Am I the only person in America who’s never been to a City Council meeting? Parks and Recreation, Modern Family, The Simpsons, and now New Girl, just to name a few, are all starting to make me wonder if they’re not some sort of hyperpopular, well-advertised activity in which I’ve just never been included. Is there a community bulletin I should sign up for? Honestly, I don’t even know who my City Council representatives are, much less when and where I should show up for a climactic and highly personal ideological battle.
Luckily, Jess and Schmidt are slightly more aware of their local political structure, because as soon as they decide they can no longer stand the nighttime construction taking place outside the loft, they know to take their complaints to Councilwoman Fawn Moscato. What they don’t know is whether they should approach her as a shark or as a dolphin (Schmidt’s words, not mine). New Girl, especially this season, loves to deal in these invented dichotomies — shark versus dolphin, fridge person versus toilet person, last pieces of pie versus dice-diez-ers — and while they have very little basis in reality, they do act as convenient setpieces on which to hinge character-based conflict.
Ever the dolphin, Jess uses the proper government channels to voice her concerns, filling out pointless paperwork and eventually staging a skit to illustrate her point at the aforementioned City Council meeting. It’s well-worn Jessica Day territory, but watching Ryan’s enthusiasm and willingness to participate made a plot that could have easily been boring if not exciting, necessarily, then at least full of hopeful foreshadowing for exciting plots to come. As much as I liked Nick and Jess, Kaya and Ryan are such easy and perfect fits for both of them that all the will-they-won’t-they seems more and more like an inconvenient formality the show had to address once upon a time.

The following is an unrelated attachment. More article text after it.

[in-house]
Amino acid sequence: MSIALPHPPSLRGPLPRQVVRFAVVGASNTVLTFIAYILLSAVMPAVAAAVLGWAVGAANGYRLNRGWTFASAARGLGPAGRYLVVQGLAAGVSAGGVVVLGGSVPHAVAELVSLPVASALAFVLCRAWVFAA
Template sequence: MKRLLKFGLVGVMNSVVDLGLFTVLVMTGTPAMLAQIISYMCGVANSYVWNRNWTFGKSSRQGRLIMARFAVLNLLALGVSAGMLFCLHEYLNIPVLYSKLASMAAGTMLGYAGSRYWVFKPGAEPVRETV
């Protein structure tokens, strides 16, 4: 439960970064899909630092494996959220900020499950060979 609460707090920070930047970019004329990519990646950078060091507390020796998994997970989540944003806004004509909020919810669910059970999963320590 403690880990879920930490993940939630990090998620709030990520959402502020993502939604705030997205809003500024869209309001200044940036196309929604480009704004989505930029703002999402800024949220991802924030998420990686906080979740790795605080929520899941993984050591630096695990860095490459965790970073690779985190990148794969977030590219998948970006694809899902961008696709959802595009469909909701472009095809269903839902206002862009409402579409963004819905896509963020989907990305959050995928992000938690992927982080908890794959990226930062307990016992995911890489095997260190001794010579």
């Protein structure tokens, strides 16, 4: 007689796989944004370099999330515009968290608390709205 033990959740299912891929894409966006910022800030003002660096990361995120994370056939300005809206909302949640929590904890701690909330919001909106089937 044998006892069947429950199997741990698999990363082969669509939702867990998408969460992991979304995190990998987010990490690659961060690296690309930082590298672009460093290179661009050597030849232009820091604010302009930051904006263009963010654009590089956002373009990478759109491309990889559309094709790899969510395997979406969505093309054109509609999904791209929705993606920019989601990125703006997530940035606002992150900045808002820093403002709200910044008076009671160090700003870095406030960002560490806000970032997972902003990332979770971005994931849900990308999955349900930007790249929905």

Of course this makes Schmidt (whose Judaism is, for whatever reason, called out even more in this episode than in most) the shark, all wily manipulation and bared grinning teeth. The blood in the water is the perceived sexual interest from Councilwoman Moscato, but it turns out that’s little more than chum.
Councilwoman Fawn Moscato may sound like the name of a minor character from Parks and Rec (likely from Eagleton) but, for better or for worse, her character is pure New Girl. It’s the same balls-in-a-vice-grip generic toughness displayed by Emma and Cat before her, and though it was a less interesting character choice than the show seemed to think it was, she still could serve a kind of awesome role on the show. Namely: I want Moscato to make Schmidt her political wife. Schmidt, whom Moscato says “looks like a Jewish Kennedy,” falls easily into a role that was actually kind of made for him. Politicians’ spouses wear expensive clothes while smiling for donors and enthusiastically espousing hard-line opinions that they might not necessarily believe. It’s actually a role that’s kind of tailor-made for Schmidt (hardy har-har). Unfortunately, Moscato looks to be a one-shot deal, so I guess all we can do is hope that season four takes a wild turn and ends in Cece running for office.